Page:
Should we all do the same thing? Perceivable vs. Conceptual Practice Variation

Conceptual variation is more damaging, and a bigger issue, than perceivable, apparent practice variation. Because of the multi-faceted nature of the mechanisms of effect in physical therapy treatments, especially for pain, striving for observable decreases in “practice variation” may not actually solve many of the issues within the profession. The real problem is conceptual differences. The stark contrast between explanatory models, and stories told, results in significant variance in explanation and education received by patients. Patients are still routinely told they have “bad” posture, an SI joint that is “out” and weakness causing their painful problems. Such unhelpful and debunked ideas are the unnecessary imaging of our profession.

Words matter. The stories we tell patients, and those we tell ourselves. It appears that in medicine generally, and orthopedics specifically, the language utilized by clinicians affect not only patient’s understanding, but perceptions including pain, disability, function, and quality of life. Beliefs are powerful. So, why do we keep beating around the bush? There is a remarkable range in treatment paradigms, potential mechanisms, and explanations on why things (appear to) “work.”

Now, to be fair, striving for a decrease in practice variation within physical therapy is a worthwhile endeavor. However, I am not convinced current conceptualizations are the appropriate approach. Assessing variation in medical treatments and practice is likely easier than in physical therapy practice. Why? It’s more concrete. Medical treatment relies heavily on the appropriate diagnosis of essential, or substantial diagnoses. Treatment follows, and is mostly dependent on proper diagnosis. Thus, analysis of timely proper diagnosis, matching of treatment and diagnosis, and actual treatment content is more concrete to study. For physical therapy, a different construct is required. The complexities of the clinical encounter and individual nature of the therapeutic process in conjunction with the many potential and identified mechanisms of treatment effect complicate the study of variance. Striving for utilization of the exact same interventions is likely to be a surface level success. It appears like progress. Therapists are dealing with many nominal diagnoses and messy concepts such as unexplained symptoms, function, and behavior change. (note: medical diagnosis is still very complex and full of challenges)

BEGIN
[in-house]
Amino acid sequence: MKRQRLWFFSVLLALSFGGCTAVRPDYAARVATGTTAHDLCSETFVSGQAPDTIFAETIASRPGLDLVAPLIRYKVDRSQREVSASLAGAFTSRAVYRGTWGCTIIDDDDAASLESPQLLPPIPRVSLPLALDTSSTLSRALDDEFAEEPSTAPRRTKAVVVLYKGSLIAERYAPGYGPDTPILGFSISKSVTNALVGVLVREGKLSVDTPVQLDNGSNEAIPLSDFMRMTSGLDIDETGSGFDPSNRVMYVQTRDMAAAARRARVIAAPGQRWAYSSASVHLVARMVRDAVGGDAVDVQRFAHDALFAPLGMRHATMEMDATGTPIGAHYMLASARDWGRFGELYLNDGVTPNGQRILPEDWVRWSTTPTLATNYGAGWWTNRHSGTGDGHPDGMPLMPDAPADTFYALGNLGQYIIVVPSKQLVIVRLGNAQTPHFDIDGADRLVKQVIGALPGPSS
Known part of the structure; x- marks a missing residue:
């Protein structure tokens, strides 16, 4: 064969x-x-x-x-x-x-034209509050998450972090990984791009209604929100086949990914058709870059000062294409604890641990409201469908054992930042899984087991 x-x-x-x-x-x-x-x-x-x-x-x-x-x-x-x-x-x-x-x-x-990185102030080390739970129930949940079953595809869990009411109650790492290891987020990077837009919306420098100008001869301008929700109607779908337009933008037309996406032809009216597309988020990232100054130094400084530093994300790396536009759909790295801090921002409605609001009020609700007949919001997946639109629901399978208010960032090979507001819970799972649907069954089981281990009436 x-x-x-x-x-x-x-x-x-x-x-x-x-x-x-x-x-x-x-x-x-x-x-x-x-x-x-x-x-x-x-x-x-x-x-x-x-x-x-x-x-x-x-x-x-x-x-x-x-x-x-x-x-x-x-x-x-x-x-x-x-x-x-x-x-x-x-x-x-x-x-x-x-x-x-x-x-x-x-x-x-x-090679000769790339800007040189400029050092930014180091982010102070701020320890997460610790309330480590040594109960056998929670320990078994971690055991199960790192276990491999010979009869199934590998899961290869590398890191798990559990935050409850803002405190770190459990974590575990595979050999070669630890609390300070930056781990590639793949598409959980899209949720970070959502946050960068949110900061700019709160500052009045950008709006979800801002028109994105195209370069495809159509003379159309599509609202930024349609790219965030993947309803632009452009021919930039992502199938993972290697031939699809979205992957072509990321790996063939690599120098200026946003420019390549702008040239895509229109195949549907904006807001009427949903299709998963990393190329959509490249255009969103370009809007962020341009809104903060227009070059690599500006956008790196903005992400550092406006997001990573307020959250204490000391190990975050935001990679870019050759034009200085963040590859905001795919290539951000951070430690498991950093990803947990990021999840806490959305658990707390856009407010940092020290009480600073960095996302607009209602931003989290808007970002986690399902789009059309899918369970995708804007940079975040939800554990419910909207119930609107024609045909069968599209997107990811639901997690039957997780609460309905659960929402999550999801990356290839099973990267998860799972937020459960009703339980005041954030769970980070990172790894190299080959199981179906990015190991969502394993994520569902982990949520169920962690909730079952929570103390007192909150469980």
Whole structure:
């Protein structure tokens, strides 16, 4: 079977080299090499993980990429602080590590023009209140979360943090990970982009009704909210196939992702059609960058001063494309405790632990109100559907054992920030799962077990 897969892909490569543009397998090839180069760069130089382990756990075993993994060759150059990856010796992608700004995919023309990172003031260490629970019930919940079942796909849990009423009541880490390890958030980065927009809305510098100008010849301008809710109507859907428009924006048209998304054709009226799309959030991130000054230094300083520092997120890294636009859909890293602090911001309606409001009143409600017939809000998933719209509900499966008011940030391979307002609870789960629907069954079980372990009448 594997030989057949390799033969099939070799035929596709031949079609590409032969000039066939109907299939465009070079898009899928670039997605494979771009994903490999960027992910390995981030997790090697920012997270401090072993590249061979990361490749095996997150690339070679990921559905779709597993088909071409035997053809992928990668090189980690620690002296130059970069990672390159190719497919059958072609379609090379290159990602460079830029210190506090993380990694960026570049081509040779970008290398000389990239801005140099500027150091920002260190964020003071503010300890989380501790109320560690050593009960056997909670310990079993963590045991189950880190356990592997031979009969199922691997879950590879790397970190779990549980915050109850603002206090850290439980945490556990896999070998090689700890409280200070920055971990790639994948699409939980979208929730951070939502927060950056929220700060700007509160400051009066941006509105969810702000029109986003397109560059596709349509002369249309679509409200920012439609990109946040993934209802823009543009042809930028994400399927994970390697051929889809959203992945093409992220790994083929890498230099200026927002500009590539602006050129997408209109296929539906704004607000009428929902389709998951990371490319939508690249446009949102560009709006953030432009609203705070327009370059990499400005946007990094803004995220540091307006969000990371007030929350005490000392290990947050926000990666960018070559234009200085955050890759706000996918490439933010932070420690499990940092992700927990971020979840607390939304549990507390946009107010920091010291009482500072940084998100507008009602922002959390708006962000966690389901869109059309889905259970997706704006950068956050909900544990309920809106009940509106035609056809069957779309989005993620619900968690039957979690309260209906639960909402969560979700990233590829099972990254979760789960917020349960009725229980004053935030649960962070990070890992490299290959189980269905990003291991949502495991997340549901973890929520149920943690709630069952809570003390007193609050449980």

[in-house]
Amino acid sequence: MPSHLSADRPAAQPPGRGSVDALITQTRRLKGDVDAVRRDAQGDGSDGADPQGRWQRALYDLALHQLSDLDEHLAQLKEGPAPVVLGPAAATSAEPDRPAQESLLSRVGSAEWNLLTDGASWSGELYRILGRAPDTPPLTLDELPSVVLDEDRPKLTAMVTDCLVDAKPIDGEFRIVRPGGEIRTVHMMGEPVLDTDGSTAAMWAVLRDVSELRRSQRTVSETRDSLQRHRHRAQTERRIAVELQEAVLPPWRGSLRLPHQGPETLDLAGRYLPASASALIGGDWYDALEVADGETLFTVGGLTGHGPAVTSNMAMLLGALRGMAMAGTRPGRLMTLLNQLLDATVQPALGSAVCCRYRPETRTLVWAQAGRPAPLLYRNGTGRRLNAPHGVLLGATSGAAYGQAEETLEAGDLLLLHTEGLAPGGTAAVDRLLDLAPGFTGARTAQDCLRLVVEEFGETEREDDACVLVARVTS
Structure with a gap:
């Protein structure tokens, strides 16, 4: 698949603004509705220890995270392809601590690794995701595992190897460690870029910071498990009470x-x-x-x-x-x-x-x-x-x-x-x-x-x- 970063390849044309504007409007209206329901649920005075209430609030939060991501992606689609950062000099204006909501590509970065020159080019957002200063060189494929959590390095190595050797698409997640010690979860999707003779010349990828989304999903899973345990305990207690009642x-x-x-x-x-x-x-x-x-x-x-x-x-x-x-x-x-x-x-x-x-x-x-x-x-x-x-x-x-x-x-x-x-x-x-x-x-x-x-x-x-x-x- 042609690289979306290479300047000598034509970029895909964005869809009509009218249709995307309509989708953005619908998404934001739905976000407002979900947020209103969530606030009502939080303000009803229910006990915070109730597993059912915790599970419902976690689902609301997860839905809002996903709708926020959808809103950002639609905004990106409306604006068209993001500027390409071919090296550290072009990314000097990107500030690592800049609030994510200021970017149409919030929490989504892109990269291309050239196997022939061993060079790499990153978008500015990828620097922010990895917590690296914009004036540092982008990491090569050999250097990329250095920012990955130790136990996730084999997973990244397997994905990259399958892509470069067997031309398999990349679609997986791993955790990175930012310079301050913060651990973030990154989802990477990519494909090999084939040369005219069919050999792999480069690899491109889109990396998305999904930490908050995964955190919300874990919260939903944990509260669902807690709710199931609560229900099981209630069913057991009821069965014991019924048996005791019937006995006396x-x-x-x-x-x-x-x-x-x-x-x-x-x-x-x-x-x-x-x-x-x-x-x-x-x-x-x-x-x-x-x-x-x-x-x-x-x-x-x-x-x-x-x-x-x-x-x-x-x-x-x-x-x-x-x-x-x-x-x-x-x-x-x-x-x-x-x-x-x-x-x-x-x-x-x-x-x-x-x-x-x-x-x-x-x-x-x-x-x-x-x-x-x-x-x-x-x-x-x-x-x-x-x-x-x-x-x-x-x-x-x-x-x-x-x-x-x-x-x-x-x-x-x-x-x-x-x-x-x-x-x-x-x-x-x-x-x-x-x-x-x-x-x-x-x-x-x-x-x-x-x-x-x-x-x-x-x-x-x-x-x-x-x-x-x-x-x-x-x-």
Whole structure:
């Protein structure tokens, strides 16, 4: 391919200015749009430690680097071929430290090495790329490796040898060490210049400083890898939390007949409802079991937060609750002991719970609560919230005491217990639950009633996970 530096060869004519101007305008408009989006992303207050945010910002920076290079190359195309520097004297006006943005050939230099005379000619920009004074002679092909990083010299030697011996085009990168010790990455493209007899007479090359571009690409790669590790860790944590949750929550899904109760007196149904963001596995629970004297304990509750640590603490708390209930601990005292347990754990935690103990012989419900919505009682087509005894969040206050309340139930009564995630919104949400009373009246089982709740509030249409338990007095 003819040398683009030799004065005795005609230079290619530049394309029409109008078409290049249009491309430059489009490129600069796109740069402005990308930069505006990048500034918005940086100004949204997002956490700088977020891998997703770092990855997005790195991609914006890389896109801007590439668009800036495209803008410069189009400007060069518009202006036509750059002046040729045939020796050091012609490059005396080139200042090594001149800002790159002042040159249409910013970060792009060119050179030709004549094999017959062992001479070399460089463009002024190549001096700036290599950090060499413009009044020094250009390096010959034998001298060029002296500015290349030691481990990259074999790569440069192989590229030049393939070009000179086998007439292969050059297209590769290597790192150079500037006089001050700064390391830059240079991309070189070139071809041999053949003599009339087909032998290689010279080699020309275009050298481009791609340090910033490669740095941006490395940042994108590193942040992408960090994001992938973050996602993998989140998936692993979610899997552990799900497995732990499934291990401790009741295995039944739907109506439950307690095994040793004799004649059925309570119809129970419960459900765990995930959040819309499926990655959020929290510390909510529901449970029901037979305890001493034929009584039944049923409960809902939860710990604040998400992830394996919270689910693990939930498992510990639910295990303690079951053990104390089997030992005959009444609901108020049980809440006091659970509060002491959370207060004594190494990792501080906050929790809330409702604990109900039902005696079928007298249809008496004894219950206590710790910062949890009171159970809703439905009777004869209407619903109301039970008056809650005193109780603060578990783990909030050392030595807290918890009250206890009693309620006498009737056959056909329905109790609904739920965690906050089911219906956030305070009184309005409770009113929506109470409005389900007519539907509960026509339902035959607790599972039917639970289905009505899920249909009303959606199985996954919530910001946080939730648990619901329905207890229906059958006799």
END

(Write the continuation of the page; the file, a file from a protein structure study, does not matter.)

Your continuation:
Specificity should be sought after, but not assumed. As more is understood about the effects of interventions it is becoming apparent that techniques, exercises, and interventions themselves are not as specific as originally assumed. If observably clinicians appear to have no practice variation, but utilize different conceptual frameworks and tell the patient in front of them different stories, gross variation is actually still present. Utilization of similar constructs may result in similar “outcomes,” but with significantly different “interventions.” So, what are the common factors?

Regardless of setting, physical therapists should strive for the most accurate deep models of practice, validated and efficient processes in conjunction with an individualized, assessment based, response dependent approach. The best clinical research evidence should be incorporated. This will lead to less practice variation, you just might not be able to see it. Observational variation in interventions may not actually represent difference in concepts. Conversely, two clinicians may perform exactly the same “interventions” with marked disagreements in conceptual framework, reasoning, patient interaction, and patient education. Maybe the method is not the trick? Maybe the process is as important as the product? It’s high time for the accountable practitioner. That means metacognition, critical thinking, and science based practice. Simple…now only if it were easy.